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Maryland Competitions Hitting the Trails... Competitions!


By Katherine O. Rizzo Maryland is home to over 1,500 miles of


equestrian-use trails, affording everything from ocean views to mountain passes. While hacking down wooded paths is often enjoyment enough, sometimes you may want to show off your off- the-beaten path talents in some friendly trail related competitions. From Endurance to Trail Obstacle Courses to Judged Pleasure Rides and everything in between, we polled Equiery readers and Facebook followers to find out their favorite ways to compete on the trails. Please note, this may not be a complete list, so


if your favorite trails sport is not listed here, let us know by emailing editor@equiery.com. And if you host trail competitions, be sure to send us your show dates by emailing Emily.nessel@ equiery.com.


Endurance


Te American Endurance Ride Conference’s motto is “to finish is to win,” which is certainly the case for those who tackle long-distance En- durance rides. Official AERC rides range from 25 to 100 miles in one day and Endurance is a FEI-sanctioned sport. Te basic goal of Endurance is to cross the finish first, however the horses’ welfare is care- fully monitored throughout the ride with sev- eral veterinary checks along the course. In ad- dition to awards based on rider age, level, and experience, the Best Conditioned award is giv- en to the fittest horse to finish. Tere are also mile awards that riders can work on over time. Here in Maryland, the Foxcatcher Endurance


ride is held each spring at the Fair Hill Natu- ral Resources Management Area and it seems many Equiery readers attended this year with several sending photos from the ride! Overall, Endurance was the fourth most popular sport in our Equiery poll.


Trail Obstacle Course Although not technically held on the trails,


Trail Obstacle Courses or Trail Classes are a great way to show off your trail riding skills while staying in an arena or enclosed field. Most competitions offer courses with around 10 obstacles such as opening and closing a gate and walking across a bridge. Each obstacle is timed while competitors are


judged on how quickly they navigate the whole course. Some of these competitions are even held in hand with the rider working their horse in hand through the obstacles. Tese in hand and mounted competitions are often held in conjunction with Western shows here in Mary- land but competitors do not have to compete in Western tack if it’s an open competition.


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Judged Trail Ride Judged Trail Rides, also called Judged Plea-


sure Rides, are trail competitions similar to an obstacle course but the obstacles are out on the trail itself. Competitors follow a marked trail where they encounter 10 to 20 obstacles, typi- cally natural objects such as logs and stream crossings. Sometimes, man-made obstacles are made to simulate a challenge one may come across on a trail. Judges are stationed at each obstacle to give a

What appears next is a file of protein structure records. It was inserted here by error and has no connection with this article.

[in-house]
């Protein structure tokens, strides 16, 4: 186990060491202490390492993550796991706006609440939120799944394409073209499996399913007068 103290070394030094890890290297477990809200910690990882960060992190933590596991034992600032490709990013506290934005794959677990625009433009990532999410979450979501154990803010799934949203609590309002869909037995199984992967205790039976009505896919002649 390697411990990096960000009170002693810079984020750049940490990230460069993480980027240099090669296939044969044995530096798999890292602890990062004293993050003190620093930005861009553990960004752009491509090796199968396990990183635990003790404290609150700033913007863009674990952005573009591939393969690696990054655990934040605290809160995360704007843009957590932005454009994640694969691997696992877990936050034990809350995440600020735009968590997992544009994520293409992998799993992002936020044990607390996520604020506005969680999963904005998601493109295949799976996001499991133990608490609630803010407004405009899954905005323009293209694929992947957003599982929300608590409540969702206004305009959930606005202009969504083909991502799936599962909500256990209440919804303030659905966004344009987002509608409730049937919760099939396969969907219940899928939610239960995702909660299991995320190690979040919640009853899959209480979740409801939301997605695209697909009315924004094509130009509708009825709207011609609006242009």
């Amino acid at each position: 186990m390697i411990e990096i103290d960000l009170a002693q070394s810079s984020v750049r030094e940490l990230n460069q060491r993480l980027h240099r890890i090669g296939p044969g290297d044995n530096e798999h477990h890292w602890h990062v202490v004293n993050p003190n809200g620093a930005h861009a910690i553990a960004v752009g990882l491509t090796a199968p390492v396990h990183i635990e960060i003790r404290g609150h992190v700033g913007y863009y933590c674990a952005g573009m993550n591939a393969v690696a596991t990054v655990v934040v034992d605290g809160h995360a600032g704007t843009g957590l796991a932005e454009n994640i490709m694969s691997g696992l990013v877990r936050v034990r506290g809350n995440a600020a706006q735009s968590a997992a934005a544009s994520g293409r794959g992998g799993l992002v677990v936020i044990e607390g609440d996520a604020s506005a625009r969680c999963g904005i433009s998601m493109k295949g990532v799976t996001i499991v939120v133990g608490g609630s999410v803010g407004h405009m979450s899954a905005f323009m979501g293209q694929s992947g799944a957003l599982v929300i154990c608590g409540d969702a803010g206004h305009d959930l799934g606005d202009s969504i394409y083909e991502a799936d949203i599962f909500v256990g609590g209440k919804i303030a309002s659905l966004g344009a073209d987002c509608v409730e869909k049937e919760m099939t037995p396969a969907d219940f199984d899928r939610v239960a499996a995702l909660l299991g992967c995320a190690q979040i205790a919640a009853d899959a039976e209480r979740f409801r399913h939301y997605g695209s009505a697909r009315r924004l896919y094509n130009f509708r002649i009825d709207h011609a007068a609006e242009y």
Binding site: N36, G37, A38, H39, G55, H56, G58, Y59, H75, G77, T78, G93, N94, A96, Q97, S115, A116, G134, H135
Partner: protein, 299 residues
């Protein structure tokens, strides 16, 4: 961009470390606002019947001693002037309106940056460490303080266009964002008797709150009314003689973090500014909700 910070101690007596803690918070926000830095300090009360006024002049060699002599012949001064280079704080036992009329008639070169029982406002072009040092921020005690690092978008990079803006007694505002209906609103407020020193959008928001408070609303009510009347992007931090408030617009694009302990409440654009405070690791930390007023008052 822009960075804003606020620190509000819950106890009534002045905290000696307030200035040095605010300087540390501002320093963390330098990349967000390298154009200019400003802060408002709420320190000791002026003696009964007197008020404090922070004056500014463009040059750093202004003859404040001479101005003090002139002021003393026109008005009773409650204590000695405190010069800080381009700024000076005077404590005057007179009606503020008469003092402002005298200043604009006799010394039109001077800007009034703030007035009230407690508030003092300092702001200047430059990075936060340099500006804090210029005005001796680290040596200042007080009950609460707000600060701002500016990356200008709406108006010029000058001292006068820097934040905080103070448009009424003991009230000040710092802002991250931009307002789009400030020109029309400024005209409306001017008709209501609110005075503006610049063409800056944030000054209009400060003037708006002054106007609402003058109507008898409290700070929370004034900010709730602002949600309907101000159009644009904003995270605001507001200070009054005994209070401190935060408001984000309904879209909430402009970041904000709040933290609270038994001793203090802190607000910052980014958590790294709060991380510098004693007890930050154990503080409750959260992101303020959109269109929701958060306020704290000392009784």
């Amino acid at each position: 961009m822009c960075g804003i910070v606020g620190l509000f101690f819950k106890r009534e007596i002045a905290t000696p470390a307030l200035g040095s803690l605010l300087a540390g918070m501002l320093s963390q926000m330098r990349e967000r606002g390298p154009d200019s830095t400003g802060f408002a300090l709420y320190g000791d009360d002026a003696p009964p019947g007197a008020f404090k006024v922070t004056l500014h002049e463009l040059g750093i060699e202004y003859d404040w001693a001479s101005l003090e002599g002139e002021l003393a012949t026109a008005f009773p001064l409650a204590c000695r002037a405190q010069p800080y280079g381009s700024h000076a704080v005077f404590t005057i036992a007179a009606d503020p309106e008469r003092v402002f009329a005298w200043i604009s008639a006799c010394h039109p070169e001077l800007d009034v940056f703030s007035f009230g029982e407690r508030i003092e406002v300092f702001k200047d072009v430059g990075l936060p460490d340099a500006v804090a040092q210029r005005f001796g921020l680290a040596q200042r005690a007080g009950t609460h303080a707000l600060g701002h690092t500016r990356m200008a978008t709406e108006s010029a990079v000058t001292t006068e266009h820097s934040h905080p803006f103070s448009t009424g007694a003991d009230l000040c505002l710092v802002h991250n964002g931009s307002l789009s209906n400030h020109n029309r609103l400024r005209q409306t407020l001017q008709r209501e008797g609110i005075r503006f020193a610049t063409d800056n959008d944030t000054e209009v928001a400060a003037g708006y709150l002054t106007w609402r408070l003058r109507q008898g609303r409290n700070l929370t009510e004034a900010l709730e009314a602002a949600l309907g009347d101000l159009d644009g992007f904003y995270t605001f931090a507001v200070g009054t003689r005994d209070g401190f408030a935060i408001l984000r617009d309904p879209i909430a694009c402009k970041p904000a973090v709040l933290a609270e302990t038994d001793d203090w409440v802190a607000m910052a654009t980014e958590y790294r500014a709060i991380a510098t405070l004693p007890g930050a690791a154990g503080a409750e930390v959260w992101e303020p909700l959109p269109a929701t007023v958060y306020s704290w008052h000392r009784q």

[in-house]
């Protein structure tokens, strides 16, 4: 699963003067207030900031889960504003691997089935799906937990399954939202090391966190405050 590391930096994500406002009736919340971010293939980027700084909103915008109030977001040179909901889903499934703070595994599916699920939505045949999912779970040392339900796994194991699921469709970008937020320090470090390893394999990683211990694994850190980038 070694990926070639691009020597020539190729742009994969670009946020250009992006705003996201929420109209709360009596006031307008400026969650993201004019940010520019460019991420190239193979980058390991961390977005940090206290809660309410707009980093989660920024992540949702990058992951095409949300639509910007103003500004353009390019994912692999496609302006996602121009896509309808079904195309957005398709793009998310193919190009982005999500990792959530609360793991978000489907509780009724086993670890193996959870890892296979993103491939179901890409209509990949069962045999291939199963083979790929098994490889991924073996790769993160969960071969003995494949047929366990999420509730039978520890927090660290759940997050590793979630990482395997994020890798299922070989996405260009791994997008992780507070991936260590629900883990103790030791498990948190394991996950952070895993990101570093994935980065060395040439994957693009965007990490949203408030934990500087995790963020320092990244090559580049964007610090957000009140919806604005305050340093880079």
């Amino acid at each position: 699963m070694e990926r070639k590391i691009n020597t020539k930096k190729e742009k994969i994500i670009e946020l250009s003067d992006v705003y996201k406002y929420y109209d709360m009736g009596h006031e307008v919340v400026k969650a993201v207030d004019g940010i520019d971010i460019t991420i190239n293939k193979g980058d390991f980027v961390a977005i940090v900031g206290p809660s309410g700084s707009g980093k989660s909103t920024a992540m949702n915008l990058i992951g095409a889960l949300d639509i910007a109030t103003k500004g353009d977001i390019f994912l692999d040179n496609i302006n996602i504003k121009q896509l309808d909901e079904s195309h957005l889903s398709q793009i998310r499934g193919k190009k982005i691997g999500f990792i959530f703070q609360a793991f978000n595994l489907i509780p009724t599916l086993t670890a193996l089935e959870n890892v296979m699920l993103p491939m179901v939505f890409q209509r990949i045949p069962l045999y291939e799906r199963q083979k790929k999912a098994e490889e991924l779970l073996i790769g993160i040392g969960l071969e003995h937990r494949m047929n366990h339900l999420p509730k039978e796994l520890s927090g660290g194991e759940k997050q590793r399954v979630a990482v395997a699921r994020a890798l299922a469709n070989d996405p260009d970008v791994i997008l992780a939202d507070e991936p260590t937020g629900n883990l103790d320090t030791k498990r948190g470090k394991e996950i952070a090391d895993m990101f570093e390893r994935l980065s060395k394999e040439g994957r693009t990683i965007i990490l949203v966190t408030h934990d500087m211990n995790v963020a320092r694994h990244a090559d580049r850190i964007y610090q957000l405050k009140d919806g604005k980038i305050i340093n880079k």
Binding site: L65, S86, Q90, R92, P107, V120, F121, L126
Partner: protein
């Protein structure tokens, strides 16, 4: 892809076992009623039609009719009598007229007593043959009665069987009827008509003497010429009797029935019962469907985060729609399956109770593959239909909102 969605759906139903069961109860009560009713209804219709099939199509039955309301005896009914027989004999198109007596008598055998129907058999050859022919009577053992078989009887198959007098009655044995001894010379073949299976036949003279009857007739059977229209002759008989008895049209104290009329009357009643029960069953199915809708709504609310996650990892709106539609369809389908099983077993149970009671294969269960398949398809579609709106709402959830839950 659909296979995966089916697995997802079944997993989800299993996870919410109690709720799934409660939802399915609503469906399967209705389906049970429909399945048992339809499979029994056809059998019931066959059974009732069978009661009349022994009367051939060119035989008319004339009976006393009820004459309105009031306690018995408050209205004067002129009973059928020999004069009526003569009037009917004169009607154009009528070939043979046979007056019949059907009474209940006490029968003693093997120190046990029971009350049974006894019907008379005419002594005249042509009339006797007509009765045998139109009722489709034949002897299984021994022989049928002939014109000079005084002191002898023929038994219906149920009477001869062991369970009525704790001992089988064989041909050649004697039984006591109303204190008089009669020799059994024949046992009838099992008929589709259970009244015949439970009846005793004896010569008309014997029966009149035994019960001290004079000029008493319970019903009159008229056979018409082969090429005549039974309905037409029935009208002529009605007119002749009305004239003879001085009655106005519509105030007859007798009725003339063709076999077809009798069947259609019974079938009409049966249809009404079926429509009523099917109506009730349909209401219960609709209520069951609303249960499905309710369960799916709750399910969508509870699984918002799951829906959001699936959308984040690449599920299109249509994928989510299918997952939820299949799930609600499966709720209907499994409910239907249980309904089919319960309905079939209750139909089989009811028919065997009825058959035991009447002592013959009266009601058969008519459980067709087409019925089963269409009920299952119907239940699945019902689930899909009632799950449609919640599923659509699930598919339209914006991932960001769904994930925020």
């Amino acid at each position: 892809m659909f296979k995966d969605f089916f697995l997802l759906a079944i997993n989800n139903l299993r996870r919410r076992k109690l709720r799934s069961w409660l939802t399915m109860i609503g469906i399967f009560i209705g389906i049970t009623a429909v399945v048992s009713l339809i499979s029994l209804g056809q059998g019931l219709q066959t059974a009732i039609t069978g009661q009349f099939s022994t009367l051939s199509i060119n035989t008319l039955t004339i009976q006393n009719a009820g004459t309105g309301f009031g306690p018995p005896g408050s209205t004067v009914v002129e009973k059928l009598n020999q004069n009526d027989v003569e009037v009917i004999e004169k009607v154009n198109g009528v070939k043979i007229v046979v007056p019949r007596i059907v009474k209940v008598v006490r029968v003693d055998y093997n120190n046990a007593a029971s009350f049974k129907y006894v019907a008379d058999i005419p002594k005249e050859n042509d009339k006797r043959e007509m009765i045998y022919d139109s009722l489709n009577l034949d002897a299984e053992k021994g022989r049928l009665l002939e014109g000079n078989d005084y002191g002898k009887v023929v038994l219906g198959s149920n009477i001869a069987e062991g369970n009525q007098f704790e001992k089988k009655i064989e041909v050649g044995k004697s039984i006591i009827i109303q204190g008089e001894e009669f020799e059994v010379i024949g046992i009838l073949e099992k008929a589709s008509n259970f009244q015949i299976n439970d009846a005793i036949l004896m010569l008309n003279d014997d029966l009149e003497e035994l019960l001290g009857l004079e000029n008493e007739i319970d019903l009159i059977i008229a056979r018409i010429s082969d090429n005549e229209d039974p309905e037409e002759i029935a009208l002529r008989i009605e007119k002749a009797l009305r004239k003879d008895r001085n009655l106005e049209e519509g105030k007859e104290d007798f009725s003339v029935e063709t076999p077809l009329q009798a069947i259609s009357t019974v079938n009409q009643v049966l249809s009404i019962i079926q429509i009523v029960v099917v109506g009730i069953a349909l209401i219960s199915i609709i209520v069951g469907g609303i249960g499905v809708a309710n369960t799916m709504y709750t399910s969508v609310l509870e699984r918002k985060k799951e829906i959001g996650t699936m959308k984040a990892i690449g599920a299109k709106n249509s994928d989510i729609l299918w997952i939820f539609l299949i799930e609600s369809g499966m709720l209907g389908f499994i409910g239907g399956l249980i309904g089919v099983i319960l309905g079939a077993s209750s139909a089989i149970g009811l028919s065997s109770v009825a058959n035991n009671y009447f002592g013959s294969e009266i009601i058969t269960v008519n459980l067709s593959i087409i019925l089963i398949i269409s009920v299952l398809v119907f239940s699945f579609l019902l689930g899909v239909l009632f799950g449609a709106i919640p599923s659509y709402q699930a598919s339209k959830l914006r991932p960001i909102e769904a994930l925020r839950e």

score to each rider based on how well they navi- gate the obstacle, thus making these rides are more performance based. Te rides can take up to three hours to complete. Tey were the third most popular trail sport in our Equiery poll!


Competitive Trail Riding


Competitive Trail Riding both measures the fitness of the horse and judges the rider on horsemanship, thus creating a cross between a Judged Pleasure Ride and Endurance. In these rides, time is important; riders are penalized for going too slow or too fast. As in Endurance, horses are monitored at


several veterinary checkpoints while on course. Distances for these rides are typically 20 to 120 miles and can span up to three days for just one competition. Te North American Trail Ride Conference


offers rides in the US, Canada and Mexico. Teir mission is to “promote horsemanship and horse care as they apply to the sport of distance riding by offering a variety of challenging and educational experiences designed to strengthen horse and rider partnerships.” Competitive Trail Riding rounded out the top


five most popular trail sports here in Maryland according to Te Equiery’s poll.


Extreme Cowboy Race Take the concept of a Judged Trail Ride and


turn it into a speed event and you have the Ex- treme Cowboy Race. Competitors are judged not only on how well they navigate each obsta- cle, but how quickly they complete the whole course. Competitors are typically divided into Pro, Non-Pro and Youth divisions. Tis sport was made popular by legendary


trainer Craig Cameron, whose official Craig Cameron Extreme Cowboy Race made its first, and only, Maryland appearance in 2009 when Loch Moy Farm in Adamstown hosted the event. Tose here in Maryland who love this sport wrote in that they’d like to see these sorts of races return to Maryland, so … who wants to step up and organize one?


Paper Chase Paper Chases, also called Ribbon Chases, can continued...


Lucia Simoncelli-DiBenedetto rode in her first Hunter Pace this past April at Marlbor- ough Hunt Club where her team won the Ju- nior Optimum Flat division.


THE EQUIERY YOUR MARYLAND HORSE COUNCIL PUBLICATION | JULY 2021 | 15


Katharina Birkmann, Lilliana Sonpar, Bri- elle Francia and Vivian Rubino practicing at Double C Farm for Mounted Trail Challenges


Angela and Skip Kemerer at this year’s Fox- catcher Endurance ride held at Fair Hill in April.


Donna Rae participating in a Paper Chase


CHW Picture Perfect Moments


Hoof Print Images


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